Bon Appétit Management Co. announces new seafood purchasing guidelines

Published on
July 3, 2019

Bon Appétit Management Co. has announced a new set of seafood-purchasing guidelines for its more than 1000 cafés in 34 U.S. states as part of its new Fish-to-Fork sustainable seafood program, updating its stance on antibiotics use in its aquaculture supply chain.

The USD 1.4 billion (EUR 1.2 billion) Palo Alto, California, U.S.A.-based foodservice management company, which caters to corporations, universities and specialty venues, has specifically outlined its concerns about the overuse of antibiotics within the salmon farming sector.

“We’ve looked at sustainability of wild fisheries through the lens of the Seafood Watch assessments and have been committed to serving only green-rated and yellow-rated species” Maisie Ganzler, the company’s chief strategy and brand officer,  told SeafoodSource in an email. “For aquaculture, the antibiotics issue is addressed in the Seafood Watch chemical score, but not in a way that our we can zero in on just that score when making purchasing decisions, that we’re looking to make further progress on this public health threat.”

Bon Appétit has a tough standard when it comes to any antibiotics use in all of its food production supply chain, Ganzler said, going beyond most international standards, including the World Health Organization’s most recent gudlines, which recommend restricting only those drugs important in human medicine.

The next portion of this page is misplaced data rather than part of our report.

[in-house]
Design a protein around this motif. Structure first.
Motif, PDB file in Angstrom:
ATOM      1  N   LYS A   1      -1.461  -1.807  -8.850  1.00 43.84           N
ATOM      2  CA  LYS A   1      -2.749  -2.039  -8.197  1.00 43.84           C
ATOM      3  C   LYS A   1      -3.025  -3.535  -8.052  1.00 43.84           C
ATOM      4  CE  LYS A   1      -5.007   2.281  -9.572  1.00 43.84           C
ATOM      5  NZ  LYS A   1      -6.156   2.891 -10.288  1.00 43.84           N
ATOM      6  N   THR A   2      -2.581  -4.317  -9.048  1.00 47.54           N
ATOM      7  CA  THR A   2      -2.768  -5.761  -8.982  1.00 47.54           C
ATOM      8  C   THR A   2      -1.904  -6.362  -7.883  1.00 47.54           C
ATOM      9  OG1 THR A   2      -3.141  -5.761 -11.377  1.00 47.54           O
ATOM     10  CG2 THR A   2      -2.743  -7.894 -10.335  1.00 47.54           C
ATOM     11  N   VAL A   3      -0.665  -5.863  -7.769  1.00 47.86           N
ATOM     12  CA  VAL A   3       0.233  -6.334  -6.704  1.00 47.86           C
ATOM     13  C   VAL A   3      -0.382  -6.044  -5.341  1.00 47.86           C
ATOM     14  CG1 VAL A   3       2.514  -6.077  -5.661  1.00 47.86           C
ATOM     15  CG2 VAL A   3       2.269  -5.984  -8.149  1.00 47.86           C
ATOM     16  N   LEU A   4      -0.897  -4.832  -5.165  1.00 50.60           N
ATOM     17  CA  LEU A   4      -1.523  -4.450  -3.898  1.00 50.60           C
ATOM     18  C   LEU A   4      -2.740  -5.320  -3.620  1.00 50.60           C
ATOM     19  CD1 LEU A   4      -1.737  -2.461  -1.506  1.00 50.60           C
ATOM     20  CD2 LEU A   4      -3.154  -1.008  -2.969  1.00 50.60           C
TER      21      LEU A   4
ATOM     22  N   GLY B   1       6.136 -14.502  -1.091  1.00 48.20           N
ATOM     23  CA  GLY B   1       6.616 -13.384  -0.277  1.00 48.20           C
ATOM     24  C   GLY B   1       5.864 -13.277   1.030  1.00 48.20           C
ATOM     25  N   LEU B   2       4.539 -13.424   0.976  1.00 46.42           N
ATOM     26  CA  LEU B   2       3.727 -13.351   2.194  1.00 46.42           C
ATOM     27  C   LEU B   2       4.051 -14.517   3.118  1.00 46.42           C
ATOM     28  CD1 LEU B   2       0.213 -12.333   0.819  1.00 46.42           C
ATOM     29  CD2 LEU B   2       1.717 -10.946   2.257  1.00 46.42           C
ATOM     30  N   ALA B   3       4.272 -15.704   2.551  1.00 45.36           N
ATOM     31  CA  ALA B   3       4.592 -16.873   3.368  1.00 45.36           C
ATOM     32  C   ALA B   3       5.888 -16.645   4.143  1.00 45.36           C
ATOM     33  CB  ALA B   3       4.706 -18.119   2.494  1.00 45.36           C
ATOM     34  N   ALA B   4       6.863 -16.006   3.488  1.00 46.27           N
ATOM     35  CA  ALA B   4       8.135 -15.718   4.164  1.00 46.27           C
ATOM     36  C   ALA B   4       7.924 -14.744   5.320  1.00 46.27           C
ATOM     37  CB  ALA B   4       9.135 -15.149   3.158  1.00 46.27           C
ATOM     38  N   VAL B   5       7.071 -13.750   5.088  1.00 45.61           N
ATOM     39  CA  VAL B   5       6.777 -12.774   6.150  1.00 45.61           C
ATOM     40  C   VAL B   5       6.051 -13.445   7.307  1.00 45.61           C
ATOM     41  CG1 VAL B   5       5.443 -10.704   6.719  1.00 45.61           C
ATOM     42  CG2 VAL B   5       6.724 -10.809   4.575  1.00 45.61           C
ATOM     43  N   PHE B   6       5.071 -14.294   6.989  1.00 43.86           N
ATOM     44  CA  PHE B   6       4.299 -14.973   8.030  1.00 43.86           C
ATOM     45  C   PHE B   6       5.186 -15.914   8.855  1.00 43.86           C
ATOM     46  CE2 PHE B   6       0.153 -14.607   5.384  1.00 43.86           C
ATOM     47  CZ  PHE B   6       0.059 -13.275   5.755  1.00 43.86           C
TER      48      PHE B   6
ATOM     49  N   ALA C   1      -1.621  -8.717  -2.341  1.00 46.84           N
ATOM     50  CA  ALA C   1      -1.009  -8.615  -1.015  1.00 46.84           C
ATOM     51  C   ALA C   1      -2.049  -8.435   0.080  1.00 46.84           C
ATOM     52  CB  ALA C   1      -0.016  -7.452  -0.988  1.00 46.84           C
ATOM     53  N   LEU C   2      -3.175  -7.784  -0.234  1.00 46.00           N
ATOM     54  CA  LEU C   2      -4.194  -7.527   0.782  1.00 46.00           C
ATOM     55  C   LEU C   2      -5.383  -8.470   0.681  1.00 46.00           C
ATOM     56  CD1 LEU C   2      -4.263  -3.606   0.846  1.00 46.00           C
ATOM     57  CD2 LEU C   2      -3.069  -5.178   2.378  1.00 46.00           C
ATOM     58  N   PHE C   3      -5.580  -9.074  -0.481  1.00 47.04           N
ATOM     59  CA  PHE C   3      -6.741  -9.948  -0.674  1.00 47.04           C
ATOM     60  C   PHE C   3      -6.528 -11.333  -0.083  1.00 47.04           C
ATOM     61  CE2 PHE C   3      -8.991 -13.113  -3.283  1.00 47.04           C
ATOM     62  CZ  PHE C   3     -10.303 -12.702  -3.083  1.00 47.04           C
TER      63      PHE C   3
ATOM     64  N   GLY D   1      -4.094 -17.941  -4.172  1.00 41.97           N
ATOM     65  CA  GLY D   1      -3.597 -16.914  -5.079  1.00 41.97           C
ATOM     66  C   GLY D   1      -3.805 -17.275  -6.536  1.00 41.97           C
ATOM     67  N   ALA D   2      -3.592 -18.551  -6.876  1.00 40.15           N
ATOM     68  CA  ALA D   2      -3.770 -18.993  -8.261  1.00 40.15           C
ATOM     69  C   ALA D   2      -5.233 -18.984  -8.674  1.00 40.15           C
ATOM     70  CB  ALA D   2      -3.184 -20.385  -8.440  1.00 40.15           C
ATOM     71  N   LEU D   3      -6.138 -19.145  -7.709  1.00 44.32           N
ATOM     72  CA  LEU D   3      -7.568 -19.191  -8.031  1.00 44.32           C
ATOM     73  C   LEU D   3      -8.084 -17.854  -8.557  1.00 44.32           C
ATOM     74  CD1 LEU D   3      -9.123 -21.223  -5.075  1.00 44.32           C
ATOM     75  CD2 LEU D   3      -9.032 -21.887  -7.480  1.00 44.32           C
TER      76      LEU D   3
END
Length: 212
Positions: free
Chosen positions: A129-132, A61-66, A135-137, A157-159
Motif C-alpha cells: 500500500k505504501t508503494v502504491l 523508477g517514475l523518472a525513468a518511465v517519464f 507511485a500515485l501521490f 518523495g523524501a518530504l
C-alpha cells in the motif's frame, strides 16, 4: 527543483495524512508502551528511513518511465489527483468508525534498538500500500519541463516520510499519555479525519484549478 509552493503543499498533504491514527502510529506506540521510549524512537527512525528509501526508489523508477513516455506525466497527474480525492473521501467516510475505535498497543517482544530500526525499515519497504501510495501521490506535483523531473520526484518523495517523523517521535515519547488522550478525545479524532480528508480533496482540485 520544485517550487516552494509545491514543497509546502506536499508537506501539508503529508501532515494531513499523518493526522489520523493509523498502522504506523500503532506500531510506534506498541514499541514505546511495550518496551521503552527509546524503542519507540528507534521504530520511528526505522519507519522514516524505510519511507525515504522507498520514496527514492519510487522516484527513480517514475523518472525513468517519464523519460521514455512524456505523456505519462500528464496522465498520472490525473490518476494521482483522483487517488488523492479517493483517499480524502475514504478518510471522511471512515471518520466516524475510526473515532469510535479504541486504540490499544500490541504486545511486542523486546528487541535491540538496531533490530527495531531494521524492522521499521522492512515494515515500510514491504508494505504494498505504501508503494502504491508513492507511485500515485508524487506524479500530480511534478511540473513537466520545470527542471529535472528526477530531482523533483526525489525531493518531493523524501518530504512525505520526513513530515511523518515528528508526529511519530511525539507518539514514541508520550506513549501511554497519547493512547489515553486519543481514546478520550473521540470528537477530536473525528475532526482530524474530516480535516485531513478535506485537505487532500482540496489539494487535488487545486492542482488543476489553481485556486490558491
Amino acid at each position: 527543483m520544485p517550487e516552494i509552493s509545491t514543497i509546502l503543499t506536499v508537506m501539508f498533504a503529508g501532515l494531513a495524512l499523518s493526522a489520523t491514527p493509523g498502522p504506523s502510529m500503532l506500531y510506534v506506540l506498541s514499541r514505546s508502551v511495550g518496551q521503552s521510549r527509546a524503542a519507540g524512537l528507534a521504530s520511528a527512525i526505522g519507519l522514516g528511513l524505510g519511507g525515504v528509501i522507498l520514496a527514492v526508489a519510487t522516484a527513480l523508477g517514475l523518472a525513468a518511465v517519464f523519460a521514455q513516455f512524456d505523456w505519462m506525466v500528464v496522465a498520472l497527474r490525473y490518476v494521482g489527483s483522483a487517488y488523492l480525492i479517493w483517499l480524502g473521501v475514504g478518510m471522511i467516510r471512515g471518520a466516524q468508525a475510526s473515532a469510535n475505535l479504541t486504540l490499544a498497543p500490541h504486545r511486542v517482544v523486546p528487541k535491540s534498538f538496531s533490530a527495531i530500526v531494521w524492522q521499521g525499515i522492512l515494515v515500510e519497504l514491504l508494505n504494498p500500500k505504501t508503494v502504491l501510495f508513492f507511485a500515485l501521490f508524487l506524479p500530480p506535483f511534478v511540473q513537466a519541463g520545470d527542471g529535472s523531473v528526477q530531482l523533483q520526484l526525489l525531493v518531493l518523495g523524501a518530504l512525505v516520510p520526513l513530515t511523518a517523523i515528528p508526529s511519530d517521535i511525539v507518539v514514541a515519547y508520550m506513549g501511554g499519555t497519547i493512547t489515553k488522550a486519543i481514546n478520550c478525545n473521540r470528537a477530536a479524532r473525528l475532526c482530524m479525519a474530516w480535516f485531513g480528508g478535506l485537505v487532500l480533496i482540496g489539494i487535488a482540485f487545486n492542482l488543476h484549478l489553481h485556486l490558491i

Although it may seem simpler, policy-wise, for the company to have declared that it will buy only proteins raised without any antibiotics by requiring the “never ever” standard that consumers are beginning to recognize, Ganzler said that approach unfairly penalizes some of the company’s smaller farmers and ranchers. Farmers want to be able to treat individual sick animals with appropriate medicines but do not always have the benefit of a secondary, “conventional” sales channel in which to sell a steer they’ve had to use antibiotics on, for example, the company said in its revised 2019 policy announcement.

Ganzler said the company has been hesitant to consider buying farmed salmon previously due to concerns about feed-conversion ratios, escapes, and sea lice, but as the industry has made improvements on those issues, it has begun to consider it. 

“Several of our chefs have tried the Seafood Watch Best Choice farmed salmon, and I have heard great things about the quality and taste, but price has been a limiting factor in usage,” she said. “The door is open to discuss other farmed-salmon products in the future, if the over-dependence on antibiotics and other environmental ills are addressed – and the taste is great.” 

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